The last time I brought my dog in for her annual exam, the vet raised an eyebrow and double-checked the medical chart. "Same dog?" she asked, clearly surprised that Pepper's recorded age did not match the glossy-coated ball of fur bouncing four feet off the floor in front of her. At 17, this spaniel-Chihuahua is a poster dog for ultra-longevity, and I'm delighted that she seems to be enjoying life with such gusto. But as I edge into my mid-50s, I must confess that my celebration of Pepper's good health has sparked a much more selfish thought: Could my longtime companion's well being bode well for my own?
Recent studies have supported the idea that pets are good for our health. Whether it's their companionship or their insistence that we get off the couch and move (or both), research shows pets can lower blood pressure, improve our mood and even help us live longer. But I was wondering something different: Does a pet's health reflect its human's health status?
I asked Joseph Bartges, professor of veterinary medicine at the University of Georgia, this question. Bartges has been involved in the Centers for Disease Control and Prevention's One Health initiative, an effort co-led by physicians and veterinarians to find commonalities in their work.
"As veterinarians, we often see pets who have the same health issues as their human companions or who are sentinels for a human health problem," he said, attributing this to the fact that pets and owners share the same environment and spend so much time together.
“The trend of processed foods and everything that occurs with industrialization is making us both sick,” he added, citing the increasing numbers of conditions related to diet and lifestyle - such as diabetes, heart disease, autoimmune disease and cancer - in pets as well as humans.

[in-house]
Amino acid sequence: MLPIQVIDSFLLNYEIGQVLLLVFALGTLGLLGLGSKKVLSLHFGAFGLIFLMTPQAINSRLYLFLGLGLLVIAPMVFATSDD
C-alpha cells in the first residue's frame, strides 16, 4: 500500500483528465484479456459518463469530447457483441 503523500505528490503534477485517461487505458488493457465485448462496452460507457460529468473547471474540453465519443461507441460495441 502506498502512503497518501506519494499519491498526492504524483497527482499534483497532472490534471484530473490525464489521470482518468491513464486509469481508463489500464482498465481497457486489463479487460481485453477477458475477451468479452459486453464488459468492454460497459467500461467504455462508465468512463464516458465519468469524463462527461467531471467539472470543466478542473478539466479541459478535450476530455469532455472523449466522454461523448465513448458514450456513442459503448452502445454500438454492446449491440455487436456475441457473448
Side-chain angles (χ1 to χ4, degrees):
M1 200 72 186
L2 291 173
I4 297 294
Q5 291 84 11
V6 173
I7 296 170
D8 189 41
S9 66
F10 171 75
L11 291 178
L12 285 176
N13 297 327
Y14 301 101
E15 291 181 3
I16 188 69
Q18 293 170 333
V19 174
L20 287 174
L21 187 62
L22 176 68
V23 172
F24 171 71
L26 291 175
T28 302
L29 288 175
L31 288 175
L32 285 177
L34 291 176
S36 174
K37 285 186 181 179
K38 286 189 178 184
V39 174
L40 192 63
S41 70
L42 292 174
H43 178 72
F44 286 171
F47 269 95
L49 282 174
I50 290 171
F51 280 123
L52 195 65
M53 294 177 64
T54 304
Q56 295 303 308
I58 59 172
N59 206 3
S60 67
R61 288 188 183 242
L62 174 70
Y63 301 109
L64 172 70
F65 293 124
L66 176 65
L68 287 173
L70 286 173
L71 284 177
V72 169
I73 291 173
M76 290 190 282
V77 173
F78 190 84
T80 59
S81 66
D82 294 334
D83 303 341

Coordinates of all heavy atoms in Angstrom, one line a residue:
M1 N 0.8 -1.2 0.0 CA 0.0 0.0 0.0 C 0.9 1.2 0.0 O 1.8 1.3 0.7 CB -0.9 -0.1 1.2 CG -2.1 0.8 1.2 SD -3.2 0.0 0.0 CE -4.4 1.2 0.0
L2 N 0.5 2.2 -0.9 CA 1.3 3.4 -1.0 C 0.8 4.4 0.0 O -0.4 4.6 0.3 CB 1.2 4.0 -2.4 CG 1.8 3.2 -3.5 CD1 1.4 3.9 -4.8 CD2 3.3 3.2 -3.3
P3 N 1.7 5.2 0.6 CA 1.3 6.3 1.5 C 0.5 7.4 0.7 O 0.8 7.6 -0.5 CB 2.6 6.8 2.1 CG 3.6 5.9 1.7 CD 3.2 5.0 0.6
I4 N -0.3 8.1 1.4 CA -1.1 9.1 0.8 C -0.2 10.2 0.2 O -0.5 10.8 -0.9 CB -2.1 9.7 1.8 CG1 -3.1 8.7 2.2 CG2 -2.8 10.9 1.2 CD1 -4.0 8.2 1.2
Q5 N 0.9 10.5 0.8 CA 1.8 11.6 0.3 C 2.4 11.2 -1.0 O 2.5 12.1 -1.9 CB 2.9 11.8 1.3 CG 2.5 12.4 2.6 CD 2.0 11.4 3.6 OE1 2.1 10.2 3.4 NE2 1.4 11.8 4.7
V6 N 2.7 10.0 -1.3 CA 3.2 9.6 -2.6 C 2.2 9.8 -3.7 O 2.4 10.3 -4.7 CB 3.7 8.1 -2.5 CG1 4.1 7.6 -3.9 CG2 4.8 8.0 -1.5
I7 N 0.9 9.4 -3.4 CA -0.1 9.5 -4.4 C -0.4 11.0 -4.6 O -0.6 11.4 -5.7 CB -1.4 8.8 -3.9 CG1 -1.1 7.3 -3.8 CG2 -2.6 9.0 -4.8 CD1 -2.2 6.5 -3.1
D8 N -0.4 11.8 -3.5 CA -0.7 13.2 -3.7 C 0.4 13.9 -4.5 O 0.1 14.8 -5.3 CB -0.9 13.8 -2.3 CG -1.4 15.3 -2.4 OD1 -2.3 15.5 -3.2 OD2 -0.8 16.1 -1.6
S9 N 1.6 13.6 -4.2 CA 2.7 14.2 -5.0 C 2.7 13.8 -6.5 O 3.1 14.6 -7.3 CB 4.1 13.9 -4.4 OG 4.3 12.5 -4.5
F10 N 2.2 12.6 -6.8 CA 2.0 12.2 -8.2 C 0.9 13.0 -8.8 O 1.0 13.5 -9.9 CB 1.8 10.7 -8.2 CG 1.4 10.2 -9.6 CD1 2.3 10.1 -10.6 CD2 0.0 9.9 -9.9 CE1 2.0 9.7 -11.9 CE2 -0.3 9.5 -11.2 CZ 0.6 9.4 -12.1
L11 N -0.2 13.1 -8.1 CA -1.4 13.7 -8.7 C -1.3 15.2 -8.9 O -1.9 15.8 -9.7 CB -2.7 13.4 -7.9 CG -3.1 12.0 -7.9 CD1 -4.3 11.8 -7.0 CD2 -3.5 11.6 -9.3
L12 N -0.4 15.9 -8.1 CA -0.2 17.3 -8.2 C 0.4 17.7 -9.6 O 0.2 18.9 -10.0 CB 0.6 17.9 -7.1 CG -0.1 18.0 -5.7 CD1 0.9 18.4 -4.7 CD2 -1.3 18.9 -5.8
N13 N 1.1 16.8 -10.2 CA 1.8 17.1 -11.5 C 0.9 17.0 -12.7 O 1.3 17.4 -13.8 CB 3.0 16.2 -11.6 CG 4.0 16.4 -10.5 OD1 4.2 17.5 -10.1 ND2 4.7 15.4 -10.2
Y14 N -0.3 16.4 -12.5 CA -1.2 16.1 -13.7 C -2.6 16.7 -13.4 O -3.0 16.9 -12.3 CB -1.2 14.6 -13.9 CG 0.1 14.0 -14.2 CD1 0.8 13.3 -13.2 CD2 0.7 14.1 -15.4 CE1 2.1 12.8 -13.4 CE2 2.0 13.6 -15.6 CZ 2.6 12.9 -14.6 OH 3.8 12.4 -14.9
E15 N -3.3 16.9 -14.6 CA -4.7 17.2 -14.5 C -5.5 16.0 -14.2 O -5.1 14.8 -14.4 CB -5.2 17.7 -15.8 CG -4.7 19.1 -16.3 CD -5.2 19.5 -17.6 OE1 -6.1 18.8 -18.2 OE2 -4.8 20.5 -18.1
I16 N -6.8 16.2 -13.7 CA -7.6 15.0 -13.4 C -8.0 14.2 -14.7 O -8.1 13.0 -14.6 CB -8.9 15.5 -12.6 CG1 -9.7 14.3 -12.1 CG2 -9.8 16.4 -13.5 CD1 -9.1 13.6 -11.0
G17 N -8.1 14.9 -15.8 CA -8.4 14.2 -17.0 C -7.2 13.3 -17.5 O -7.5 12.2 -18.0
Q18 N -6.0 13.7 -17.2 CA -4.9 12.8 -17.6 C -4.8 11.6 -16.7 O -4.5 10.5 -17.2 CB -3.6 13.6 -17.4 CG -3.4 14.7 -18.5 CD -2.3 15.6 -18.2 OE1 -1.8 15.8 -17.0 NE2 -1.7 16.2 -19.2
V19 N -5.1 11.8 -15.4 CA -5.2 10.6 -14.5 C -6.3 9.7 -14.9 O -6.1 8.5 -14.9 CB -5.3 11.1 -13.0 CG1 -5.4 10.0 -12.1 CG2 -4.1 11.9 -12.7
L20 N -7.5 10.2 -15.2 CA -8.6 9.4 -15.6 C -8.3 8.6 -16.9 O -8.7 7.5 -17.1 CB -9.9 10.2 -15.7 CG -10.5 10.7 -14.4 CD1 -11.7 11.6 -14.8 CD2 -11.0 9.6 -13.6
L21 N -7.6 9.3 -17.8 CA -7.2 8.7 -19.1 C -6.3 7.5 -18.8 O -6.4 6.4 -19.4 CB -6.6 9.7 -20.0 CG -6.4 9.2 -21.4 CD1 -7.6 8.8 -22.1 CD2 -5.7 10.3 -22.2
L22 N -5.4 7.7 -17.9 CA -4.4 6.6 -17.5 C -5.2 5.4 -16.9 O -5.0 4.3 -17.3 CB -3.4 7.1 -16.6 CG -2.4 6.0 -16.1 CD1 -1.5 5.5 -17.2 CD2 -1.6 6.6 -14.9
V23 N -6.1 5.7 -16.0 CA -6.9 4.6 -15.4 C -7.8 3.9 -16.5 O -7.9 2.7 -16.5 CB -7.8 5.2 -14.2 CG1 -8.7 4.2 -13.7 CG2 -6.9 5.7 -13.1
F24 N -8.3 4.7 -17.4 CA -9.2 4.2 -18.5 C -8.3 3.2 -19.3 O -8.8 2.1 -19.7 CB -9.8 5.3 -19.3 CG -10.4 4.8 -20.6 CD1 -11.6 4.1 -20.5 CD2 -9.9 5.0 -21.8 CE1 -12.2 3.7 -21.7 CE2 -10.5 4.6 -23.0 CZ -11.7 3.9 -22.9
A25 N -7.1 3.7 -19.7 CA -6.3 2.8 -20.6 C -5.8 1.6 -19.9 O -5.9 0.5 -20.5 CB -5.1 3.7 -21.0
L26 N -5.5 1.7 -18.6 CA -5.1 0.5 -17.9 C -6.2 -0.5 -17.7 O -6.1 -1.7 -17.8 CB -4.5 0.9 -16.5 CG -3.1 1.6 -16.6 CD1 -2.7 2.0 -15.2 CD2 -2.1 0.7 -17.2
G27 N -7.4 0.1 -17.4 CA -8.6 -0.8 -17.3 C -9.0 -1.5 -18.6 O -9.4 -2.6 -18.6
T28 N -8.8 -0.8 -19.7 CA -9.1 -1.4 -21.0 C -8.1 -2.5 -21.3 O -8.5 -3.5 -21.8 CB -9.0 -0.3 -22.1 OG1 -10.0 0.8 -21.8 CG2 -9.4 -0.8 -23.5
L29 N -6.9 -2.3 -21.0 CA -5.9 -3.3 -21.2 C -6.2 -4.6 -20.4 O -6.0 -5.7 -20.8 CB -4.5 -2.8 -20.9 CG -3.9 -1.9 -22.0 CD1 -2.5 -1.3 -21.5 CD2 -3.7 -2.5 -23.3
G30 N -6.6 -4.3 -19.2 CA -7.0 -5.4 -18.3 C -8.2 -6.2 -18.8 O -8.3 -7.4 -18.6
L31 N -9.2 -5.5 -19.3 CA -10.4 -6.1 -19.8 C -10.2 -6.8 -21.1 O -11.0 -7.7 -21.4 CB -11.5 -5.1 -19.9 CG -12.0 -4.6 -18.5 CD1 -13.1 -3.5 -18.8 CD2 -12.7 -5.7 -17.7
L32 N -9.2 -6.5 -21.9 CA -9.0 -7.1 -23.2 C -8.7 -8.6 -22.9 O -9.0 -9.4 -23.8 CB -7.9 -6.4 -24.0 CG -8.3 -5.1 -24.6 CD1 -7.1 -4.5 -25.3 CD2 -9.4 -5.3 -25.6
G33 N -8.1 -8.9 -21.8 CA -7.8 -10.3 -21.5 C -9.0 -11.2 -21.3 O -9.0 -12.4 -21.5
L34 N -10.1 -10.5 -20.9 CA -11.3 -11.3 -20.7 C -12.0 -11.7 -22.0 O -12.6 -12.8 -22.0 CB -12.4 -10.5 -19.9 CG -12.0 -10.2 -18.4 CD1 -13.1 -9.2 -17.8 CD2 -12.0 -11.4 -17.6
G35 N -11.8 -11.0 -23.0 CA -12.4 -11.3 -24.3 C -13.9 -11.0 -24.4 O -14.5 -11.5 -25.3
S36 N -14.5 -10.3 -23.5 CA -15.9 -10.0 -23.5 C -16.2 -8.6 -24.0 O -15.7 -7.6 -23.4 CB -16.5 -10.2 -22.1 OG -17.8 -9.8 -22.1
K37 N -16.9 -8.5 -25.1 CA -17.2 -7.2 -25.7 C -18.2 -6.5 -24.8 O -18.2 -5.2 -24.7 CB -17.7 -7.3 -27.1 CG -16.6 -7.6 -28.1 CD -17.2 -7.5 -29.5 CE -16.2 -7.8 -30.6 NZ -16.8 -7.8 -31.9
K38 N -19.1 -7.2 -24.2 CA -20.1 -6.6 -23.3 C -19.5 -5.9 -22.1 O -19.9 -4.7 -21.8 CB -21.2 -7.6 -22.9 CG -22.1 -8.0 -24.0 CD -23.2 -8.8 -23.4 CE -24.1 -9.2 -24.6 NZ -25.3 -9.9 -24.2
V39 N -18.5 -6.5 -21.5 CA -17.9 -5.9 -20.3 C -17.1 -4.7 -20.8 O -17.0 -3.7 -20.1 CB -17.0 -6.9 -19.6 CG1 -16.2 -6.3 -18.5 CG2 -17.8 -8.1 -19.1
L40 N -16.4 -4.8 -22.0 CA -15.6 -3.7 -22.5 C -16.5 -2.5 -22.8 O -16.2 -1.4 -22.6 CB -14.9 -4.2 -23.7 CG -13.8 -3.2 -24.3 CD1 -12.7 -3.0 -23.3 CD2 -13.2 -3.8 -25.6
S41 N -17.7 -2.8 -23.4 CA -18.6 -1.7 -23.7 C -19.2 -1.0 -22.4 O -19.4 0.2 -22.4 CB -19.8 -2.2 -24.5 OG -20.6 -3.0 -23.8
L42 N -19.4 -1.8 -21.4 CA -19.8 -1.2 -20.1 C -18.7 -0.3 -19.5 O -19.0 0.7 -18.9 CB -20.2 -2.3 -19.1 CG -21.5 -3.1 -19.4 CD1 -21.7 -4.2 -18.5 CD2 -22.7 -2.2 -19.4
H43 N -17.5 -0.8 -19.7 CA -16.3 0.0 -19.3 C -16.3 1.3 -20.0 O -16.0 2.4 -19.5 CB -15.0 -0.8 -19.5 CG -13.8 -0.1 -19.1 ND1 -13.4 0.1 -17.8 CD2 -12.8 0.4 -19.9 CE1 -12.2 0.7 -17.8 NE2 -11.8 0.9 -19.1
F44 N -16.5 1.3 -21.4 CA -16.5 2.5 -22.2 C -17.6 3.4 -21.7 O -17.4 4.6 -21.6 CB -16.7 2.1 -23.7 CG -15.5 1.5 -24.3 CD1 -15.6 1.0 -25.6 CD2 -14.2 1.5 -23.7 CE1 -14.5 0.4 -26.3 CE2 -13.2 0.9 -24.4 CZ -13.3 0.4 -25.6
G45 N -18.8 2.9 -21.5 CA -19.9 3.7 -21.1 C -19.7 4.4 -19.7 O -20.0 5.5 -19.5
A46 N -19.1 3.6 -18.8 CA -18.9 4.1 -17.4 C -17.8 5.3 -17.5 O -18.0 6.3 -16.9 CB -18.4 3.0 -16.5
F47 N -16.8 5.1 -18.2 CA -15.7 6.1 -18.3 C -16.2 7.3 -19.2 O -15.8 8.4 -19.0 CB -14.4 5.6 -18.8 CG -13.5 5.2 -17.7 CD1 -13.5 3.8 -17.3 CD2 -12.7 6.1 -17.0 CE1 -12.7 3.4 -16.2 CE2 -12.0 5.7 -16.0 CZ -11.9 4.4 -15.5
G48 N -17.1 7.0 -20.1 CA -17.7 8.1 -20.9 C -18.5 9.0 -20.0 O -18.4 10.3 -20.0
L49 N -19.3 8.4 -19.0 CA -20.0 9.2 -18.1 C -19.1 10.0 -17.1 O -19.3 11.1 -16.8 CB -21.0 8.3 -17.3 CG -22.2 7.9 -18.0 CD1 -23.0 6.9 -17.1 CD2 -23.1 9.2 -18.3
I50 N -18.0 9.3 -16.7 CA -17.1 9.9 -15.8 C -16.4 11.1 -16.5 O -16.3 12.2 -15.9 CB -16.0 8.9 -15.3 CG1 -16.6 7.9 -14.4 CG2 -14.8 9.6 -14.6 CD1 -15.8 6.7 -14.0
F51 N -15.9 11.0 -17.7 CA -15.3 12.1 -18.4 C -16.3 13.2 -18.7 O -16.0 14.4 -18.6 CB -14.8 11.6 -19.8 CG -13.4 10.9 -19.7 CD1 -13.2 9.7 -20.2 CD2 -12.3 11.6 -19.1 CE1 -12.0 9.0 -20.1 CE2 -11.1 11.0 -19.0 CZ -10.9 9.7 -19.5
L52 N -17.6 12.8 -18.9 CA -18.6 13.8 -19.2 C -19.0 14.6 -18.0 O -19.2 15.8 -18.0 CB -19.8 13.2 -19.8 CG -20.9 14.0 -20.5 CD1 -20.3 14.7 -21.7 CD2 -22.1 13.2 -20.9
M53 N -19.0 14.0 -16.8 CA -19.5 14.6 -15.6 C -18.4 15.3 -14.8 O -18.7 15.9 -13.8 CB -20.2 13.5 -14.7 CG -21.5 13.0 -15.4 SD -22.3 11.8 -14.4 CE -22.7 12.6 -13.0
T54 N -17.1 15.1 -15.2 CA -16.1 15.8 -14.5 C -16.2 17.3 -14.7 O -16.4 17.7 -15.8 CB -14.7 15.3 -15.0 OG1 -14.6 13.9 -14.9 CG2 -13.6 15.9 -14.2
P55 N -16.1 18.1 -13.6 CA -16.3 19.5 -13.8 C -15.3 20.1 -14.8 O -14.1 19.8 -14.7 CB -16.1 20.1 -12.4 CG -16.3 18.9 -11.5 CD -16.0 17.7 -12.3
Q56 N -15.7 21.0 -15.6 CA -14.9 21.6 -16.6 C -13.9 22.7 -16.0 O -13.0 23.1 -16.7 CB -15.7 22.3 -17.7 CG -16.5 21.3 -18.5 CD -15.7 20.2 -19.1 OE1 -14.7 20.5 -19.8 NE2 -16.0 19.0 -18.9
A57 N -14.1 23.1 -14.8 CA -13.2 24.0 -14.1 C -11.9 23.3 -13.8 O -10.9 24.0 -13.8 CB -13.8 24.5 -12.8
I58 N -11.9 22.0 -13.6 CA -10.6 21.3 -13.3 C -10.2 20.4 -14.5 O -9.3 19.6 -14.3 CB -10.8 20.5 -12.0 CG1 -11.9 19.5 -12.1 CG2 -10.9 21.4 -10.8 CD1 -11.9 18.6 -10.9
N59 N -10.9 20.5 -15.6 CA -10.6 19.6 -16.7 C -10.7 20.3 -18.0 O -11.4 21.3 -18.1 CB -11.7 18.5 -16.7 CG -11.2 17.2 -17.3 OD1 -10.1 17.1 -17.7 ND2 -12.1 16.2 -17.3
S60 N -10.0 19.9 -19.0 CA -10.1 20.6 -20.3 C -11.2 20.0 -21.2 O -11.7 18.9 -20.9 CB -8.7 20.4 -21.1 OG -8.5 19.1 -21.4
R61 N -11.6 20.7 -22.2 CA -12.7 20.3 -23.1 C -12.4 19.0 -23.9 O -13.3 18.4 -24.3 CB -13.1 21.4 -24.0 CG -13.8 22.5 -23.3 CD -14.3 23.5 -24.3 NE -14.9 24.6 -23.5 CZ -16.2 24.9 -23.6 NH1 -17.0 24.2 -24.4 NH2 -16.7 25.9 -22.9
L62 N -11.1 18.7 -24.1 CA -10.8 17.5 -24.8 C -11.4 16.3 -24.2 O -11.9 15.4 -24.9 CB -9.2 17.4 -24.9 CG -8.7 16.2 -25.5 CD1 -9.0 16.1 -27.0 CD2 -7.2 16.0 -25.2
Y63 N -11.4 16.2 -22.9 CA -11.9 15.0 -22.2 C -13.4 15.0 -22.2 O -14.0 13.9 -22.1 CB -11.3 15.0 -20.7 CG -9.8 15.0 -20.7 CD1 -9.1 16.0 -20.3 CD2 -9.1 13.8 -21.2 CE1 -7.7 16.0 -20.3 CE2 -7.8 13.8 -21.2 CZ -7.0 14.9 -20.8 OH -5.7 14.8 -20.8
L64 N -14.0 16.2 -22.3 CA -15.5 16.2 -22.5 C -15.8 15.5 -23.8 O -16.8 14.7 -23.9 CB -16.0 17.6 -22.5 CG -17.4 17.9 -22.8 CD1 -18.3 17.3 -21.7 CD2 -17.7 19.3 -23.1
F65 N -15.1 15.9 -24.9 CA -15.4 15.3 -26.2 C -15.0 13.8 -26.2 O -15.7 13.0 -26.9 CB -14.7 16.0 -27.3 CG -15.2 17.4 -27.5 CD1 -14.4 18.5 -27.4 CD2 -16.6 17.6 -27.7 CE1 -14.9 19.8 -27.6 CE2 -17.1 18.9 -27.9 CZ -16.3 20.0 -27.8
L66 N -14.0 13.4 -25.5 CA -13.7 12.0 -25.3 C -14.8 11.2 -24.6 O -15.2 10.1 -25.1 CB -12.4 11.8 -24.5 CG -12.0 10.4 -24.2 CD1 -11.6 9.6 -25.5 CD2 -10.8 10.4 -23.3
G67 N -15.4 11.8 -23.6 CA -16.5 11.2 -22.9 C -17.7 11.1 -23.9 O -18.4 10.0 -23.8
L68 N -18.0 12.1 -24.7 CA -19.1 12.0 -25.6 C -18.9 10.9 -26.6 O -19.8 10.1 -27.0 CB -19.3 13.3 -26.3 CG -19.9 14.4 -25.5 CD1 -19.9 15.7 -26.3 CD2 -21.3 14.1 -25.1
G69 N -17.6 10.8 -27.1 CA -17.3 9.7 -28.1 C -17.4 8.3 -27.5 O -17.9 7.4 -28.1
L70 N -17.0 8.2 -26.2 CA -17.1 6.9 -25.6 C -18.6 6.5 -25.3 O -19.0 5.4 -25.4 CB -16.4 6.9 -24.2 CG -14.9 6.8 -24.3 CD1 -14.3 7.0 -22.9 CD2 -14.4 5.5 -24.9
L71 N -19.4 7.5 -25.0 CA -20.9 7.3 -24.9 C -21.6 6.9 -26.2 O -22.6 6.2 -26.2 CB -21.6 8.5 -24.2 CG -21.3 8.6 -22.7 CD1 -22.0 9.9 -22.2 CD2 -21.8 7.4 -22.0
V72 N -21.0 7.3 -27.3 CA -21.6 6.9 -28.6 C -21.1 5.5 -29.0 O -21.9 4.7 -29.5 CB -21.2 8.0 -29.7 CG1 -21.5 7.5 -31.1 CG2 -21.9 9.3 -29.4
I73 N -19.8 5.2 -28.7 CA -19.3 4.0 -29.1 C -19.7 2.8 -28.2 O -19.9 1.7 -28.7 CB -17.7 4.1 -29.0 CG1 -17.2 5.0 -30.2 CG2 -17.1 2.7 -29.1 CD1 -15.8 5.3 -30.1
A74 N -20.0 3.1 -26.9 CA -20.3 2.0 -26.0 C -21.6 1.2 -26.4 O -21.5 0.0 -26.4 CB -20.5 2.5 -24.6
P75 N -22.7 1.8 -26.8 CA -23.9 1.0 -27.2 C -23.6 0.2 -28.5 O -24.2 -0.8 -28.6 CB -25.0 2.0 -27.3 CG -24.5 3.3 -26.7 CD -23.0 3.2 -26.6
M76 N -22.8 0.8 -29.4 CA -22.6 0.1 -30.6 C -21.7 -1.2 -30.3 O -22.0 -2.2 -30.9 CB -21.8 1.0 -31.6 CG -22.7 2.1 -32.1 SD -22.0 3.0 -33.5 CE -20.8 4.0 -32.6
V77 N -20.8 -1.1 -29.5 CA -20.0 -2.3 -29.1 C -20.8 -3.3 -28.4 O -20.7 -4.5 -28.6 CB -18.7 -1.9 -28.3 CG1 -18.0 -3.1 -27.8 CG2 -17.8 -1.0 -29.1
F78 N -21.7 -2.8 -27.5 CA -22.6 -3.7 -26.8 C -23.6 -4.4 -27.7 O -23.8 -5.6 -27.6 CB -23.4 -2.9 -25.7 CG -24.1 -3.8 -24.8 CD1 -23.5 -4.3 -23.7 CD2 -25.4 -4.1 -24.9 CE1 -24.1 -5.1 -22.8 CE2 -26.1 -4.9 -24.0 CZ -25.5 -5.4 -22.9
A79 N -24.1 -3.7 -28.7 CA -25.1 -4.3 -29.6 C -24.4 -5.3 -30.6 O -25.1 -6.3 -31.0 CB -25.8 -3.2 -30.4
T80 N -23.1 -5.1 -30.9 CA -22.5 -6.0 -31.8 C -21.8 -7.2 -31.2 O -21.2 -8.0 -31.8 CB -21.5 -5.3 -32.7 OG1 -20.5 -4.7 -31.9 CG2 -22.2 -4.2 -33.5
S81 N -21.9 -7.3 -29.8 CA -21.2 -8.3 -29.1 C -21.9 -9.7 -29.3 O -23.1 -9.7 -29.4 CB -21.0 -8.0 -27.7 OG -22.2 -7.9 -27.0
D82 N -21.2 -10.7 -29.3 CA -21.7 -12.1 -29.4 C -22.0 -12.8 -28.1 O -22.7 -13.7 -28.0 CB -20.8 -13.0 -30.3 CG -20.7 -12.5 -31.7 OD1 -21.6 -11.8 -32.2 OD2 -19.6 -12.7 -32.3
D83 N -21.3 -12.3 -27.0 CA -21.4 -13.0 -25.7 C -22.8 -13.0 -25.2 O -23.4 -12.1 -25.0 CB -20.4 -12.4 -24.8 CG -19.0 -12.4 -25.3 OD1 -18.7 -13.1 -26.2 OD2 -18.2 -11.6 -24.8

Indeed, when researchers in the Netherlands studied pet-human pairs, they found that overweight dogs were more likely to have overweight owners. Because this was an observational study, it is impossible to pinpoint why this is the case, but data suggest that less time spent on walks was the greatest predictor of whether the pair would be overweight. Another study from Germany suggested that we tend to impose our own snacking patterns and attitudes about portion size and processed foods on our pets, which can influence how many calories they get in a day. Obesity is also a health issue for cats, but their body mass does not correlate as closely with that of their human companion. Perhaps this is because cats are more capable of exercising themselves.
"I see [pet-owner] connections all the time in the office," said veterinarian Janet Foley, a One Health proponent who runs the Sonoma County Mobile Veterinary Hospital in Northern California. "But you have to be careful about how you raise these touchy issues. Luckily, I'm a people person, but it's harder for vets who are just pet persons."
Foley said she focuses on giving lifestyle advice for the pet. "But then I see a lightbulb go off [for the owner]. They are thinking 'I should do that, too.' "
Our pets can offer other insights into our health issues.
Take your chronic sniffles, for example. If you suspect they might be caused by allergies, you might want to see whether your symptoms are shared by the family dog. According to a recent study from Finland, urban living, small family size, and disconnection from nature and other animals was linked to a higher risk for allergy in humans and their dogs. (Allergic dogs get canine atopic dermatitis, which is a kind of doggy eczema.) On the other hand, dogs and their owners who lived on a farm or in a household with many animals and children, or regularly visited a forest, were protected from allergies.
Though there is still much to be discovered about this "farm effect," many immunologists are convinced microbes play an important role. From birth onward (and possibly in utero) the combinations of microbes found in rural and natural environments seem to train the immune systems of puppies and kids and make them less hyper-reactive. Bolstering this idea is the discovery that the skin microbiome on dogs and humans who suffer from allergies differs from their healthy counterparts.